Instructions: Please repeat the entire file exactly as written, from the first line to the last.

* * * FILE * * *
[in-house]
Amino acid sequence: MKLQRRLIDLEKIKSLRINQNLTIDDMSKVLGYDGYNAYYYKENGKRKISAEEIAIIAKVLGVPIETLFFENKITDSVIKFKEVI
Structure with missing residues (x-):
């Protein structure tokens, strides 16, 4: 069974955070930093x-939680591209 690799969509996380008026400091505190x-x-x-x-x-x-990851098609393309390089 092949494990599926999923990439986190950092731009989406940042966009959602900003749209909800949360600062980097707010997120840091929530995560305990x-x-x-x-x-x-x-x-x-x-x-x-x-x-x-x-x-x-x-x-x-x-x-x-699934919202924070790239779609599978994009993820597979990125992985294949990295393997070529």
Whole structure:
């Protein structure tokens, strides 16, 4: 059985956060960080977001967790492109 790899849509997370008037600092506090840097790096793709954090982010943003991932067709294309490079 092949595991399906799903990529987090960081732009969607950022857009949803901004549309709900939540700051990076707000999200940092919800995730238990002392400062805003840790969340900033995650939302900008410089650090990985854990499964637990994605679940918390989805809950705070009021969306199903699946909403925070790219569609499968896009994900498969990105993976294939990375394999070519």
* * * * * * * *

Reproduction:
[in-house]
Amino acid sequence: MKLQRRLIDLEKIKSLRINQNLTIDDMSKVLGYDGYNAYYYKENGKRKISAEEIAIIAKVLGVPIETLFFENKITDSVIKFKEVI
Structure with missing residues (x-):
């Protein structure tokens, strides 16, 4: 069974955070930093x-939680591209 690799969509996380008026400091505190x-x-x-x-x-x-990851098609393309390089 092949494990599926999923990439986190950092731009989406940042966009959602900003749209909800949360600062980097707010997120840091929530995560305990x-x-x-x-x-x-x-x-x-x-x-x-x-x-x-x-x-x-x-x-x-x-x-x-699934919202924070790239779609599978994009993820597979990125992985294949990295393997070529």
Whole structure:
């Protein structure tokens, strides 16, 4: 059985956060960080977001967790492109 790899849509997370008037600092506090840097790096793709954090982010943003991932067709294309490079 092949595991399906799903990529987090960081732009969607950022857009949803901004549309709900939540700051990076707000999200940092919800995730238990002392400062805003840790969340900033995650939302900008410089650090990985854990499964637990994605679940918390989805809950705070009021969306199903699946909403925070790219569609499968896009994900498969990105993976294939990375394999070519």